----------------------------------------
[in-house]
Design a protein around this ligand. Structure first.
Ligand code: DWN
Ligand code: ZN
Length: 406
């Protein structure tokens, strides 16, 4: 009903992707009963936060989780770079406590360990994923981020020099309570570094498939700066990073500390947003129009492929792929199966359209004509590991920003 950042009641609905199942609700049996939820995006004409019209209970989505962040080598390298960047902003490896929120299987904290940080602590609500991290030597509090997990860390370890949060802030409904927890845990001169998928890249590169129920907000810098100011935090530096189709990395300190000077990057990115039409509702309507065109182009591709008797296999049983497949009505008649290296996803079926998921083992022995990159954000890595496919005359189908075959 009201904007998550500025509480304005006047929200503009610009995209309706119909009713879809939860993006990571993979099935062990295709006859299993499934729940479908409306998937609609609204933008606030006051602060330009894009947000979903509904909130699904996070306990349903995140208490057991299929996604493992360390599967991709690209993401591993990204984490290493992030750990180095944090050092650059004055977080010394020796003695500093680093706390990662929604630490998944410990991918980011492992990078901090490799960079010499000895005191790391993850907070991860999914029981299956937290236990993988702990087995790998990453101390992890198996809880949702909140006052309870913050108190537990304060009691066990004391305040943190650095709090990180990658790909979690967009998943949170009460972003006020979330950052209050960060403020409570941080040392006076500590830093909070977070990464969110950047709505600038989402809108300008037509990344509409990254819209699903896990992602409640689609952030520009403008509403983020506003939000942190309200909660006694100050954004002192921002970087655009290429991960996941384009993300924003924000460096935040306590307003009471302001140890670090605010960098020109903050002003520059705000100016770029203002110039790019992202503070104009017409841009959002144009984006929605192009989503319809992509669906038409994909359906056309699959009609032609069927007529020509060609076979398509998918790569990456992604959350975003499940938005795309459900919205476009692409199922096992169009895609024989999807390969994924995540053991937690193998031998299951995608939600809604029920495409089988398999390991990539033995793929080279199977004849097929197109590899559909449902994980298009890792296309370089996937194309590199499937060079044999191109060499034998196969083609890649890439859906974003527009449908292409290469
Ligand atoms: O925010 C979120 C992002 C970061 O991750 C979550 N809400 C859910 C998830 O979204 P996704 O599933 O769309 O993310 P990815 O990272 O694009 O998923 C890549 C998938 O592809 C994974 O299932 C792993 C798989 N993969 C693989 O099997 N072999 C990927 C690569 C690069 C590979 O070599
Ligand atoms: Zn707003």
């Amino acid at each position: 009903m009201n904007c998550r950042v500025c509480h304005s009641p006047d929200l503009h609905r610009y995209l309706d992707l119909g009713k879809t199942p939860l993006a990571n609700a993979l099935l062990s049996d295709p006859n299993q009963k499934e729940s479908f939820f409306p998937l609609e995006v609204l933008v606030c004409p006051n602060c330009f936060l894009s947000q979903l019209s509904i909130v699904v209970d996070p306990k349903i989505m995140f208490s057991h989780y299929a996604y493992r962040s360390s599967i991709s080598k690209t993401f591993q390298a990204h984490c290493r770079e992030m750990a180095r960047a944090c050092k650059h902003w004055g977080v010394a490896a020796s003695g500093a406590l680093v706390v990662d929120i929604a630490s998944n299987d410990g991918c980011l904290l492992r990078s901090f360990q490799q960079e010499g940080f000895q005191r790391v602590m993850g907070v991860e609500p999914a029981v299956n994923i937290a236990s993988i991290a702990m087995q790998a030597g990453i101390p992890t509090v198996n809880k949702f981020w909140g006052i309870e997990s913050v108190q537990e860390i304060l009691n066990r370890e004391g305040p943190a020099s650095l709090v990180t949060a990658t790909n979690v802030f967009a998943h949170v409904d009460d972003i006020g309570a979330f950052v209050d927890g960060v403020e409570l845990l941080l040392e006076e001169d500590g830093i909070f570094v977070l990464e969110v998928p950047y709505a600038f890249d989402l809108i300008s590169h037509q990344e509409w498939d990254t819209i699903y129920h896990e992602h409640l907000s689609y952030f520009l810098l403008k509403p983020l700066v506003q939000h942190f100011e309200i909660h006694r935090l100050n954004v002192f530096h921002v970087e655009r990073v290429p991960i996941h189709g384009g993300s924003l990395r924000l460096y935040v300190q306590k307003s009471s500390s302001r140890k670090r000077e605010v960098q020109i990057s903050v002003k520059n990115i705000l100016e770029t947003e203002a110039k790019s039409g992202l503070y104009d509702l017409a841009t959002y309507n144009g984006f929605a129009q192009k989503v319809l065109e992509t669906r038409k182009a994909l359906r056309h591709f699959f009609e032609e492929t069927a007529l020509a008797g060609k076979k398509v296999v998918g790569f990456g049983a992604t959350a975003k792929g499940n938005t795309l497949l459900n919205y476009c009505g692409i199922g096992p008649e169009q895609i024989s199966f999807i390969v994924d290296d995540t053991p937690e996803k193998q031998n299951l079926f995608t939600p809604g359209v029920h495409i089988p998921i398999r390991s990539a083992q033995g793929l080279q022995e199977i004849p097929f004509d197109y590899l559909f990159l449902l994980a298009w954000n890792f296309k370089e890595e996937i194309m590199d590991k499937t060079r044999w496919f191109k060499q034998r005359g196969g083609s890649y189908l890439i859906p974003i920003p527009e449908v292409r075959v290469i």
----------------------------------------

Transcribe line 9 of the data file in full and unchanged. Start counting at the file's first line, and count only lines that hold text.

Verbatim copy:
């Amino acid at each position: 009903m009201n904007c998550r950042v500025c509480h304005s009641p006047d929200l503009h609905r610009y995209l309706d992707l119909g009713k879809t199942p939860l993006a990571n609700a993979l099935l062990s049996d295709p006859n299993q009963k499934e729940s479908f939820f409306p998937l609609e995006v609204l933008v606030c004409p006051n602060c330009f936060l894009s947000q979903l019209s509904i909130v699904v209970d996070p306990k349903i989505m995140f208490s057991h989780y299929a996604y493992r962040s360390s599967i991709s080598k690209t993401f591993q390298a990204h984490c290493r770079e992030m750990a180095r960047a944090c050092k650059h902003w004055g977080v010394a490896a020796s003695g500093a406590l680093v706390v990662d929120i929604a630490s998944n299987d410990g991918c980011l904290l492992r990078s901090f360990q490799q960079e010499g940080f000895q005191r790391v602590m993850g907070v991860e609500p999914a029981v299956n994923i937290a236990s993988i991290a702990m087995q790998a030597g990453i101390p992890t509090v198996n809880k949702f981020w909140g006052i309870e997990s913050v108190q537990e860390i304060l009691n066990r370890e004391g305040p943190a020099s650095l709090v990180t949060a990658t790909n979690v802030f967009a998943h949170v409904d009460d972003i006020g309570a979330f950052v209050d927890g960060v403020e409570l845990l941080l040392e006076e001169d500590g830093i909070f570094v977070l990464e969110v998928p950047y709505a600038f890249d989402l809108i300008s590169h037509q990344e509409w498939d990254t819209i699903y129920h896990e992602h409640l907000s689609y952030f520009l810098l403008k509403p983020l700066v506003q939000h942190f100011e309200i909660h006694r935090l100050n954004v002192f530096h921002v970087e655009r990073v290429p991960i996941h189709g384009g993300s924003l990395r924000l460096y935040v300190q306590k307003s009471s500390s302001r140890k670090r000077e605010v960098q020109i990057s903050v002003k520059n990115i705000l100016e770029t947003e203002a110039k790019s039409g992202l503070y104009d509702l017409a841009t959002y309507n144009g984006f929605a129009q192009k989503v319809l065109e992509t669906r038409k182009a994909l359906r056309h591709f699959f009609e032609e492929t069927a007529l020509a008797g060609k076979k398509v296999v998918g790569f990456g049983a992604t959350a975003k792929g499940n938005t795309l497949l459900n919205y476009c009505g692409i199922g096992p008649e169009q895609i024989s199966f999807i390969v994924d290296d995540t053991p937690e996803k193998q031998n299951l079926f995608t939600p809604g359209v029920h495409i089988p998921i398999r390991s990539a083992q033995g793929l080279q022995e199977i004849p097929f004509d197109y590899l559909f990159l449902l994980a298009w954000n890792f296309k370089e890595e996937i194309m590199d590991k499937t060079r044999w496919f191109k060499q034998r005359g196969g083609s890649y189908l890439i859906p974003i920003p527009e449908v292409r075959v290469i």